23. The Seagull Monument stands in SLC’s Temple Square to commemorate the story of the Miracle of the Gulls in 1848, wherein the Mormon settlers’ crops were saved from a swarm of katydids by several flocks of native seagulls, who devoured the crickets over a two-week period. This event was regarded as a miracle by the Mormons, and the California seagull was subsequently named the state bird of Utah.
 
24. Salt Lake City’s basketball team, the Utah Jazz, hails originally from New Orleans—explaining the team’s unusual tag in a city that is not known for its jazz culture.
 
25. As they settled Salt Lake City, the Mormons were the first in the American West to implement a large-scale irrigation system. One of their first items of business upon arrival in the region in 1847 was to dam City Creek and cause it to flood, so they could plant potatoes in the resulting softened soil. Sourced from the Jordan River, their complicated irrigation plan eventually included 1000 miles of ditches and transformed the arid Salt Lake Valley into arable farmland, enabling the population in Salt Lake City to grow quickly.

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Why a Train Full of New York City Poop Was Stranded in Alabama for Two Months
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Residents of Parrish, Alabama probably aren't too fond of New Yorkers right now. That’s because the town is currently home to a full trainload of poop courtesy of the Big Apple, as Bloomberg reports. Some 200 shipping containers of treated sewage have been stuck in Parrish for more than two months while the town takes landfill operators to court.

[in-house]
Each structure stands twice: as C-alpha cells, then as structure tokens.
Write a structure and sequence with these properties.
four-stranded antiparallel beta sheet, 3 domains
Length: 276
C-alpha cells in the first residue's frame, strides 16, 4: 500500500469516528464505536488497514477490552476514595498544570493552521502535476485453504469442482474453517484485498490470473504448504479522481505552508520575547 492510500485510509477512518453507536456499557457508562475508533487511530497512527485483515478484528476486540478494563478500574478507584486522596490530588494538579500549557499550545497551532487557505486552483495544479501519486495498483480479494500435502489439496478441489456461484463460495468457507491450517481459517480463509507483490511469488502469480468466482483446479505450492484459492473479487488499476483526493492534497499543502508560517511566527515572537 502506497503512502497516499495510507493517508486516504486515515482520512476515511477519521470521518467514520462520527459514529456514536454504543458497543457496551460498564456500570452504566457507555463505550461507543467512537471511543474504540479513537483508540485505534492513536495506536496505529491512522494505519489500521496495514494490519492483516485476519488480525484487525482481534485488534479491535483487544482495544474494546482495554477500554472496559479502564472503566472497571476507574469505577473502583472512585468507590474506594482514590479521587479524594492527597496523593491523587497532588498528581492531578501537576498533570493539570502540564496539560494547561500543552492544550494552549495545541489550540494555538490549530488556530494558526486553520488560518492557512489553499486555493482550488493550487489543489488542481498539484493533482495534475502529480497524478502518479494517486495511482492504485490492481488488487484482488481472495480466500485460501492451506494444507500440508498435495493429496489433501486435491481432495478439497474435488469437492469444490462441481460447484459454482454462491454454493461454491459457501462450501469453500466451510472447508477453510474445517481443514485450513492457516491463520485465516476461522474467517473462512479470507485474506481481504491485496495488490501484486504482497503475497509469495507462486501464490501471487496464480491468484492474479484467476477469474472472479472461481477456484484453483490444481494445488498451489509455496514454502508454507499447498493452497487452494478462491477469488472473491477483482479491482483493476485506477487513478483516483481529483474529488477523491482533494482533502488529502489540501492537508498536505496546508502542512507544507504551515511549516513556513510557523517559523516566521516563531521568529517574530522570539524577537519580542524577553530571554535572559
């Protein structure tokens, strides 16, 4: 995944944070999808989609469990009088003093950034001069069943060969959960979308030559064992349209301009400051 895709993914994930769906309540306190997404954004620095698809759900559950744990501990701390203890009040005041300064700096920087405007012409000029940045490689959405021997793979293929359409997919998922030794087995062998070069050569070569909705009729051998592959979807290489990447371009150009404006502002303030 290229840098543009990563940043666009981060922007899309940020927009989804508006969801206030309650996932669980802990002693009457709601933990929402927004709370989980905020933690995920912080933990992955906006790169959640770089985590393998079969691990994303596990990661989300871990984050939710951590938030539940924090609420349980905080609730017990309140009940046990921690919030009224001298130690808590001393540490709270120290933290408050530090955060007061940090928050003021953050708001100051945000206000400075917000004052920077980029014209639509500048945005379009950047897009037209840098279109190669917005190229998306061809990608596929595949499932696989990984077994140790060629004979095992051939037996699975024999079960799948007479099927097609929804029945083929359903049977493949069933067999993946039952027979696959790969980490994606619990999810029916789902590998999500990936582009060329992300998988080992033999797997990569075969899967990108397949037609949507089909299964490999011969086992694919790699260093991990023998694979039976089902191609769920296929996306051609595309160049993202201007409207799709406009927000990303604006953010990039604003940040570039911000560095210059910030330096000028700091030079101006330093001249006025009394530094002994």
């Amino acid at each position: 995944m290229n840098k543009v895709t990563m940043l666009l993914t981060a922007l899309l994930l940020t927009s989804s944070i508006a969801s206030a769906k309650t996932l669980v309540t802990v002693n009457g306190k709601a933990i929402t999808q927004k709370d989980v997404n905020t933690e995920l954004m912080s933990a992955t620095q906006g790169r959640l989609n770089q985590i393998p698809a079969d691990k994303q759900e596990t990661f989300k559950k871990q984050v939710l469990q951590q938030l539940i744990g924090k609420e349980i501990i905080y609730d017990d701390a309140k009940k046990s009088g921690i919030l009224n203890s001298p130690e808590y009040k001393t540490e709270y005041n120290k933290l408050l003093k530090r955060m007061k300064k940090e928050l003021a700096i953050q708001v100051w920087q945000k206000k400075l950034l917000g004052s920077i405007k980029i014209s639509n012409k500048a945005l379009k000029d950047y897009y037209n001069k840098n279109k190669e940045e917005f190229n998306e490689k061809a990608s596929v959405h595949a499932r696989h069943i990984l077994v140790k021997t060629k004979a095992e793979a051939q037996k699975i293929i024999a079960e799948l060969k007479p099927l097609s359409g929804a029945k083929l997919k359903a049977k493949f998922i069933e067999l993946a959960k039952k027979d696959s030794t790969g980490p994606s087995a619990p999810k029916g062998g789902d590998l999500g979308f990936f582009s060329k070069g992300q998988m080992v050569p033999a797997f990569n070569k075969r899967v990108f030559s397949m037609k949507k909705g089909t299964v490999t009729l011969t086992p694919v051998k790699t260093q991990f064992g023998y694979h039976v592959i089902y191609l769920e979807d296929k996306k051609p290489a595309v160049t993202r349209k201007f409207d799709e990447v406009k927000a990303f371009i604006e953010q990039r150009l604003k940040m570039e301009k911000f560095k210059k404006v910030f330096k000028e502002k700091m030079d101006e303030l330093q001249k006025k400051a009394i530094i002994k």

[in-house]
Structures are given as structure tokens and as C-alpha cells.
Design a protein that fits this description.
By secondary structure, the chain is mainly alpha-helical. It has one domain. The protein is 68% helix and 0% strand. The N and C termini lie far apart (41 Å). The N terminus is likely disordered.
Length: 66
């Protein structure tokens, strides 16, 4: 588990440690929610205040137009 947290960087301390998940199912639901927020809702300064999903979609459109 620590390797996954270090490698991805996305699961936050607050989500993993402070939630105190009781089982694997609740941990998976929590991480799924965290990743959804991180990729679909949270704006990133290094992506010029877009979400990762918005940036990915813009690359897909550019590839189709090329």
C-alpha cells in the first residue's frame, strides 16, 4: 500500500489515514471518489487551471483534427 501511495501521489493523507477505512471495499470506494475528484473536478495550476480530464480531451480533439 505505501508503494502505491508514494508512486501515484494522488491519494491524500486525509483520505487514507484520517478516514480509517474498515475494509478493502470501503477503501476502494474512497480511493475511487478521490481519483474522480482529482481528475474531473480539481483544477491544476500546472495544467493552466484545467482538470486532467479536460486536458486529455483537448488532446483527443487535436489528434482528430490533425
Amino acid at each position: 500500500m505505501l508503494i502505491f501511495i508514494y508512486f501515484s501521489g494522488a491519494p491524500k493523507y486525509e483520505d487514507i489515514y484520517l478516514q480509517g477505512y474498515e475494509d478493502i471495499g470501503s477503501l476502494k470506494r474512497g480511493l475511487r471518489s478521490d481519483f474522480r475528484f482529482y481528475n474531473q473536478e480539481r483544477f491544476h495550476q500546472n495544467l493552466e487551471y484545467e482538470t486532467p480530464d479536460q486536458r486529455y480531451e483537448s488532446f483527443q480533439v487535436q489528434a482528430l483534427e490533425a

New York City doesn't keep its own sewage sludge to itself, and it hasn't for decades. In the 1980s, New York City was dumping its "biosolids"—the solids left over from sewage treatment, i.e., your poop—into the Atlantic Ocean, where it settled on the bottom of the sea floor in a thick film stretching over 80 square nautical miles. When the government banned the practice of dumping waste straight into the ocean, the city had to get creative, finding a way to get rid of the 1200 tons of biosolids produced there every day.

Enter the poop train. As a 2013 Radiolab episode taught us (we highly recommend you listen for yourself), treated sludge was eventually shipped out to other states to use as fertilizer in the 1990s. After farmers in Colorado began noticing better growth and fewer pests in the fields they grew with New York City's finest sewer sludge, growers in other states began clamoring to take the big-city poop by the train-full, too. That tide has turned, though, and now no one wants the city's poop. Because of the cost of running the program, the train to Colorado stopped in 2010.

Now, biosolids are instead shipped to landfills upstate and in places like Georgia, Ohio, and Pennsylvania, according to The Wall Street Journal. And Alabama. For more than a year, the Big Sky landfill near Parrish has been accepting New York City biosolids, and the locals who have to deal with trainloads of rotting waste aren’t happy.